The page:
Issue:  Vol. 48 / No. 8 / 22 February 2018

Through interior landscapes

Out There

Philosophie en plein air (Fresh-air Philosophy) (1969), oil on canvas by Dorothea Tanning.
Photo: Courtesy Gallery Wendi Norris
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The late American artist Dorothea Tanning (1910-2012) began her painting career firmly ensconced among the Surrealists. In the 1940s, through New York art dealer Julien Levy, she met the earliest Surrealists, refugees from Nazi Germany, and she would eventually marry seminal modern artist Max Ernst. But over the course of a long life and art practice, Tanning moved through many art styles and interests. Over 30 of her paintings, sculptures and drawings are now on view in Unknown but Knowable States, running through March 2 at Gallery Wendi Norris (161 Jessie St., SF).

Ignoti Nulla Cupido (1960), oil on canvas by Dorothea Tanning. Photo: Courtesy Gallery
Wendi Norris

The show, the first to occupy the gallery's entire 5,000-sq.-ft. space, begins with Tanning's abstract works from the 1960s, and follows her return to more figurative work in the 1970s. Her large, virtuosic painting Chiens de Cythere (Dogs of Cythera) (1963) serves as a sort of centerpiece, testament to the artist's ongoing interest in depicting interior states of being. In later works, Rubenesque female nudes bend and curl into abstract space in an unusual and lyric blending of figure and ground.

The exhibition includes two soft sculptures, a Traffic Sign (1970) made of fabric, synthetic fur, wool, metal, and cardboard; and Etreinte (1969), a construction of wool flannel and fake fur stuffed with wool. Both pieces look back to Tanning's roots in Surrealism, especially recalling Meret Oppenheim's Object (Le Dejeuner en fourrure) (1936), a teacup, saucer and spoon that the artist famously covered with fur harvested from a Chinese gazelle.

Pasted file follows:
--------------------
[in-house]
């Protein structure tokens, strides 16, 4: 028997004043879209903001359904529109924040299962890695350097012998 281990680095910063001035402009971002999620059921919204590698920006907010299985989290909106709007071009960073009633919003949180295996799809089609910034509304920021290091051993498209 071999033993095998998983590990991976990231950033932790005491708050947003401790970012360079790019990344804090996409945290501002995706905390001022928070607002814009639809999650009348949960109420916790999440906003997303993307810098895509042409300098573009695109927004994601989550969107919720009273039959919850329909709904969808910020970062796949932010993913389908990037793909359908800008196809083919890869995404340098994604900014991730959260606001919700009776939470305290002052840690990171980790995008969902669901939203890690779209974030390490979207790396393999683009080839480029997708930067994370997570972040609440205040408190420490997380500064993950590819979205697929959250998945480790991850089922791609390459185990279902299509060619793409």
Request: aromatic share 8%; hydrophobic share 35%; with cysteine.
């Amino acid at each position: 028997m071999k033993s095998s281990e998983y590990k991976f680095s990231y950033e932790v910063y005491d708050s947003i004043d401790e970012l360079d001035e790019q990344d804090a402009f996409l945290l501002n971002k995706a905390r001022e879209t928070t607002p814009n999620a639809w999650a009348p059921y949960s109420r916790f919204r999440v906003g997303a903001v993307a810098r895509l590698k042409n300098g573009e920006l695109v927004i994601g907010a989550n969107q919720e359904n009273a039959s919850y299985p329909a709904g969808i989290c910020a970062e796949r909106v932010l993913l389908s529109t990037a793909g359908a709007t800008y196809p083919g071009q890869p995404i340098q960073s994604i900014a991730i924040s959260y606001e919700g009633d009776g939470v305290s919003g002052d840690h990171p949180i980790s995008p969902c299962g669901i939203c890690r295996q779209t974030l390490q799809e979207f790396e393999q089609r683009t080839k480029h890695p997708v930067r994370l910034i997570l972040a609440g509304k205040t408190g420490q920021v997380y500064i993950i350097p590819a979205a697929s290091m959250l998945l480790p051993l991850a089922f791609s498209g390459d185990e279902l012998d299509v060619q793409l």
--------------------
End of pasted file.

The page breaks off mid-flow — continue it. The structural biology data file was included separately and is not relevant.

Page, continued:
Tanning also published two poetry collections, two memoirs and a short novel before her death last year at age 101. This posthumous gallery show is a fitting capstone to an extraordinary life and career.


Dance stars

The San Francisco Ballet School has announced the winners of scholarships funded by the Bob Ross Foundation, and we're proud to introduce the three talented youth here. The Bob Ross Scholarship recipient is Jeanette Kakareka, from Harleysville, PA, who appeared with the company in last season's Romeo & Juliet, Don Quixote and Glass Pieces; the Keith White Memorial Scholarship recipient is Miranda Silveira Templer, originally from Barcelona, Spain; and the Eric Hellman Memorial Scholarship recipient is Veronika Selivanova, from Vancouver, WA. (Ross was this newspaper's founder, White was a B.A.R. dance writer, and Hellman was a B.A.R. arts editor.)

Congratulations to the young performing stars, and happy decades of dancing!


What's in a name?

In an interview about mid-life with The New York Times last month, pop star Tori Amos discussed her relationship with her tweenage daughter. "Tash has quite a sense of humor, and she'll say to me, 'What do you think you're walking out of this hotel in?' And I'll say, 'It's comfortable.' And she'll say, 'No soccer mom is walking out of this hotel room. You'll be called Tori Anus.' It's kind of funny that I have a daughter who understands."


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